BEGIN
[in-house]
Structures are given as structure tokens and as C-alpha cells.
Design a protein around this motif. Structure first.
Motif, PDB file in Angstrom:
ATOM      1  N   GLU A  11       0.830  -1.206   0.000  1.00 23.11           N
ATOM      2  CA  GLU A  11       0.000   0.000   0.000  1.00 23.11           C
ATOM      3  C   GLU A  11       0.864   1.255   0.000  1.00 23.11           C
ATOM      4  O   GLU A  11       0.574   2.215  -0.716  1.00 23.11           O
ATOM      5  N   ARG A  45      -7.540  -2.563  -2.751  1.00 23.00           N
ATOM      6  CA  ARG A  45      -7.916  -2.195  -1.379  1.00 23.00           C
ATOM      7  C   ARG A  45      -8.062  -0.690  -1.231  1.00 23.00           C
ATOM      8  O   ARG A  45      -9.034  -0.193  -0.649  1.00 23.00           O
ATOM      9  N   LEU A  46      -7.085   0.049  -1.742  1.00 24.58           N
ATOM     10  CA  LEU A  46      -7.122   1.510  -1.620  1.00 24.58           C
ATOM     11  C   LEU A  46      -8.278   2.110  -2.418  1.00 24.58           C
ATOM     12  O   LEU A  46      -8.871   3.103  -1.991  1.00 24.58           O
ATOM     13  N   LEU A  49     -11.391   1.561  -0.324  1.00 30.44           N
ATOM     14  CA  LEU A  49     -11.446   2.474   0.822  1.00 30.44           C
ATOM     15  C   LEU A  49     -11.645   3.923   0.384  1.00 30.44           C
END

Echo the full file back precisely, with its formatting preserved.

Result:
[in-house]
Structures are given as structure tokens and as C-alpha cells.
Design a protein around this motif. Structure first.
Motif, PDB file in Angstrom:
ATOM      1  N   GLU A  11       0.830  -1.206   0.000  1.00 23.11           N
ATOM      2  CA  GLU A  11       0.000   0.000   0.000  1.00 23.11           C
ATOM      3  C   GLU A  11       0.864   1.255   0.000  1.00 23.11           C
ATOM      4  O   GLU A  11       0.574   2.215  -0.716  1.00 23.11           O
ATOM      5  N   ARG A  45      -7.540  -2.563  -2.751  1.00 23.00           N
ATOM      6  CA  ARG A  45      -7.916  -2.195  -1.379  1.00 23.00           C
ATOM      7  C   ARG A  45      -8.062  -0.690  -1.231  1.00 23.00           C
ATOM      8  O   ARG A  45      -9.034  -0.193  -0.649  1.00 23.00           O
ATOM      9  N   LEU A  46      -7.085   0.049  -1.742  1.00 24.58           N
ATOM     10  CA  LEU A  46      -7.122   1.510  -1.620  1.00 24.58           C
ATOM     11  C   LEU A  46      -8.278   2.110  -2.418  1.00 24.58           C
ATOM     12  O   LEU A  46      -8.871   3.103  -1.991  1.00 24.58           O
ATOM     13  N   LEU A  49     -11.391   1.561  -0.324  1.00 30.44           N
ATOM     14  CA  LEU A  49     -11.446   2.474   0.822  1.00 30.44           C
ATOM     15  C   LEU A  49     -11.645   3.923   0.384  1.00 30.44           C